Seeing Frank at their old booth, Amy rushes into his arms and tells him what she’s realized after weeks apart: She can’t remember where she was before she arrived here, to this place with this system, and neither can he. There is indeed something off about where they are, about what they’re doing — and she proves it when she convinces him to leave with her and then disables a guard’s taser simply by putting her hand against it. Everything freezes around them as the simulation they’re inside disables, having shown its hand.
And with that, they rush outdoors, reach the wall, and begin to climb. As they climb, the lights go out underneath, the simulation ends, and they see, across this dimension they’re inside, all the previous versions of themselves that have found each other. And then they disappear, each of them floating up to a massive green circle above them, listing one statistic: That out of 1000 simulations, 998 rebellions were logged, making it a 99.8 percent match.
The camera then floats right past this eerie, strange space and right past a black mirror — the screen of a phone or mobile device that Amy, looking slightly different from the polished Amy of the simulation, holds. On it is a picture of Frank, her match, and as she looks across the bar she’s in, she spots him. They seem to know each other already, as they smile at each other but don’t offer greetings. As The Smiths’ “Panic” plays in the bar, Amy grins at Frank and then makes her way toward her.
The episode ends there, but the questions don’t. Was this Brooker’s interpretation of what goes on inside a dating app? What was the real world? Should we even take the story of this at face value, that these characters were in a simulation that fed into an app that bled into the real world? How did they know each other? Did they, or am I applying my own bias to it all?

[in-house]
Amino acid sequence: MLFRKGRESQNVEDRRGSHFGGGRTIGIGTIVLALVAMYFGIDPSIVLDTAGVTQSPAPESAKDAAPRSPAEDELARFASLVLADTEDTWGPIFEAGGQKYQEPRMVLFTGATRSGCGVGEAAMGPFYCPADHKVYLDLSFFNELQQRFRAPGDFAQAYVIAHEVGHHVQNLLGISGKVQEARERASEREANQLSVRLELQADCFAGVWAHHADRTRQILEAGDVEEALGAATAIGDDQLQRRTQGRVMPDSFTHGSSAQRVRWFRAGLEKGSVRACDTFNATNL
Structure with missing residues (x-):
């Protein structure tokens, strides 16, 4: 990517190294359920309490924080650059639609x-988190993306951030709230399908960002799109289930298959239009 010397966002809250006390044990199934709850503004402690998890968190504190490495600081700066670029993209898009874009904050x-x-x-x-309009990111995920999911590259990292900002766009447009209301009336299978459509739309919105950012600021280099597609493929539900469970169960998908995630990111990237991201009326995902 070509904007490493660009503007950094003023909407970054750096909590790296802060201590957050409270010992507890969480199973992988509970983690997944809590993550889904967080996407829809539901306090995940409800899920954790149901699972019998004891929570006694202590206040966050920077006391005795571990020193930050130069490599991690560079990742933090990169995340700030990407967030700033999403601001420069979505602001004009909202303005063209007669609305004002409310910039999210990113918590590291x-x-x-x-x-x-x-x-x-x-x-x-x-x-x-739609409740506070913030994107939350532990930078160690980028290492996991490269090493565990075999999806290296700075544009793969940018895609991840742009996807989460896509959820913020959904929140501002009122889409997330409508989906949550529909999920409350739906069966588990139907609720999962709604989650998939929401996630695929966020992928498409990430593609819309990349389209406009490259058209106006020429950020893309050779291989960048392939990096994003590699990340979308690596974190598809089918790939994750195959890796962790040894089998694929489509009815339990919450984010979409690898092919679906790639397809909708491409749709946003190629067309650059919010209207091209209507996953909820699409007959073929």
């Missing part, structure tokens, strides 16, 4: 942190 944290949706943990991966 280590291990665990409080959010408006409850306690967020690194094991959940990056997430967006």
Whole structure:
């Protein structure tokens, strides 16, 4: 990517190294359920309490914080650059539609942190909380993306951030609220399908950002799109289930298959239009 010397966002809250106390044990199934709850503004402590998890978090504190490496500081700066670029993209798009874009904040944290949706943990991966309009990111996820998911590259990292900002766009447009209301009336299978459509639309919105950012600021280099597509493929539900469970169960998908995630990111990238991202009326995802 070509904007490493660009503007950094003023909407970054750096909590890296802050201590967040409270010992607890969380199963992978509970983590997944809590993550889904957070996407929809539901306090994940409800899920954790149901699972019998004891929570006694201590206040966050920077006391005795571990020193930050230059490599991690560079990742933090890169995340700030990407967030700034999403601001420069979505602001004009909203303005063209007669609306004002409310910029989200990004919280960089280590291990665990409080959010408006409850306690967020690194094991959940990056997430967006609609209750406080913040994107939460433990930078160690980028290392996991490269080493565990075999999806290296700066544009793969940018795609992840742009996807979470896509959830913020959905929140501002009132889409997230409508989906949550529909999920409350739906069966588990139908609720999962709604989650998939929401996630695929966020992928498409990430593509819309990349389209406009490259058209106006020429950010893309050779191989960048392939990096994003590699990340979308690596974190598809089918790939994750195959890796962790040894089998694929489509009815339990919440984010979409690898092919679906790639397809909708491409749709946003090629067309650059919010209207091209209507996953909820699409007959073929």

I like these questions. I like that they’re there, and that they yield something a little more…philosophical. It argues that The One does exist, that people are fated to find each other no matter the circumstances, that everything truly does happen for a reason. You can take that somewhat cynically, as I did at the start of this hour — predetermined partners feel less magical once you know they’re predetermined, or is that just me? — but maybe this, as Frank and Amy discuss early in the episode, is a relief. It must be nice to know that you’ve made the right “choice,” that you’re set for life, and that it was meant to be. That you don’t have to worry any more about the person you spend the rest of your life with.
But then, those are just my (very rambly, I apologize) thoughts on the idea of the simulation feeding into the real world. The episode ends just as the real world — or what I interpret to be the real world — begins. We never see how their true relationship plays out. We never see if Frank and Amy have free will in the real world, or if the world they’re living in has already been decided by the app, whether the app has any bearing on what happens at all, whether they’ll reach a happy ending after all. Is the ultimate message of this episode that apps believe in destiny as measured by quantifiable factors an unfeeling system can understand, while real human beings can choose to act how they will? Yet in the end, the app’s already affected both Frank and Amy: They’ve now met, and they know how well they were matched.
My point is, I like Black Mirror best at its thought exercise-iest like this. It’s Charlie Brooker advocating for dating apps yet arguing against it at the same time by pointing out how a relationship like this one has already started off artificially. There’s no solid answer given, just a piece of it.
Of course, my read on all of this could be completely wrong. I could be overthinking the entire third act. I could be the exact right audience for this installment, as someone who’s always been too wary of dating apps to use one seriously. But even if I were to take this episode simply on face value, I’d say it’s impressed me solely on the performances from Georgina Campbell and Joe Cole, both of whom I hope break out with stellar careers after this in the vein of former Black Mirror standouts. It’s an episode that left me with questions I’m happy to ponder, and I think that’s enough.